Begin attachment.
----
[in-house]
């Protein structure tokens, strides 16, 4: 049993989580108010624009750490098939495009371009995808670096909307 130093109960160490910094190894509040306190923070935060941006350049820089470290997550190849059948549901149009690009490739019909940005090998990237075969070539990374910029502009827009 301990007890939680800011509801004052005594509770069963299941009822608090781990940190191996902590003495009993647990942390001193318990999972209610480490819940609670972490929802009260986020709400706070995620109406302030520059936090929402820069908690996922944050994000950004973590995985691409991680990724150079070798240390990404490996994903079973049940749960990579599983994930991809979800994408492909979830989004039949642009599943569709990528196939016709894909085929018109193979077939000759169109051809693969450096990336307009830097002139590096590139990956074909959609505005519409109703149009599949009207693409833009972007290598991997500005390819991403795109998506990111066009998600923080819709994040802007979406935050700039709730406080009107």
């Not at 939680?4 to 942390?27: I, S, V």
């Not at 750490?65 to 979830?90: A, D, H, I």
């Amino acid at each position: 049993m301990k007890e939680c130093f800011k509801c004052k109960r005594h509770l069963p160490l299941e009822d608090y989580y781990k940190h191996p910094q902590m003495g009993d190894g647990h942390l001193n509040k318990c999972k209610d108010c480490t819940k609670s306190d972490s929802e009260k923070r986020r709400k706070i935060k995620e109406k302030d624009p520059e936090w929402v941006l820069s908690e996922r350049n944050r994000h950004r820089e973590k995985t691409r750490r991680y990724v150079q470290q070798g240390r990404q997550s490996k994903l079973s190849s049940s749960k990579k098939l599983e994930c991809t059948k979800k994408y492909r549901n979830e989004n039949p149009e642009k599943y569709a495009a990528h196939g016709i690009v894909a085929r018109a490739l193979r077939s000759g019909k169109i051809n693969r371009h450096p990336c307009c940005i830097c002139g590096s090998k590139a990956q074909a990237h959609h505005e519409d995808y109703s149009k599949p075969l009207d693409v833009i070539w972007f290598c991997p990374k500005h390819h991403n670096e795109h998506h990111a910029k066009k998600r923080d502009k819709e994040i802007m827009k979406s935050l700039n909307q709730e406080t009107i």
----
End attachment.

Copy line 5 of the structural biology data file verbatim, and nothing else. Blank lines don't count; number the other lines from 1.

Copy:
């Amino acid at each position: 049993m301990k007890e939680c130093f800011k509801c004052k109960r005594h509770l069963p160490l299941e009822d608090y989580y781990k940190h191996p910094q902590m003495g009993d190894g647990h942390l001193n509040k318990c999972k209610d108010c480490t819940k609670s306190d972490s929802e009260k923070r986020r709400k706070i935060k995620e109406k302030d624009p520059e936090w929402v941006l820069s908690e996922r350049n944050r994000h950004r820089e973590k995985t691409r750490r991680y990724v150079q470290q070798g240390r990404q997550s490996k994903l079973s190849s049940s749960k990579k098939l599983e994930c991809t059948k979800k994408y492909r549901n979830e989004n039949p149009e642009k599943y569709a495009a990528h196939g016709i690009v894909a085929r018109a490739l193979r077939s000759g019909k169109i051809n693969r371009h450096p990336c307009c940005i830097c002139g590096s090998k590139a990956q074909a990237h959609h505005e519409d995808y109703s149009k599949p075969l009207d693409v833009i070539w972007f290598c991997p990374k500005h390819h991403n670096e795109h998506h990111a910029k066009k998600r923080d502009k819709e994040i802007m827009k979406s935050l700039n909307q709730e406080t009107i």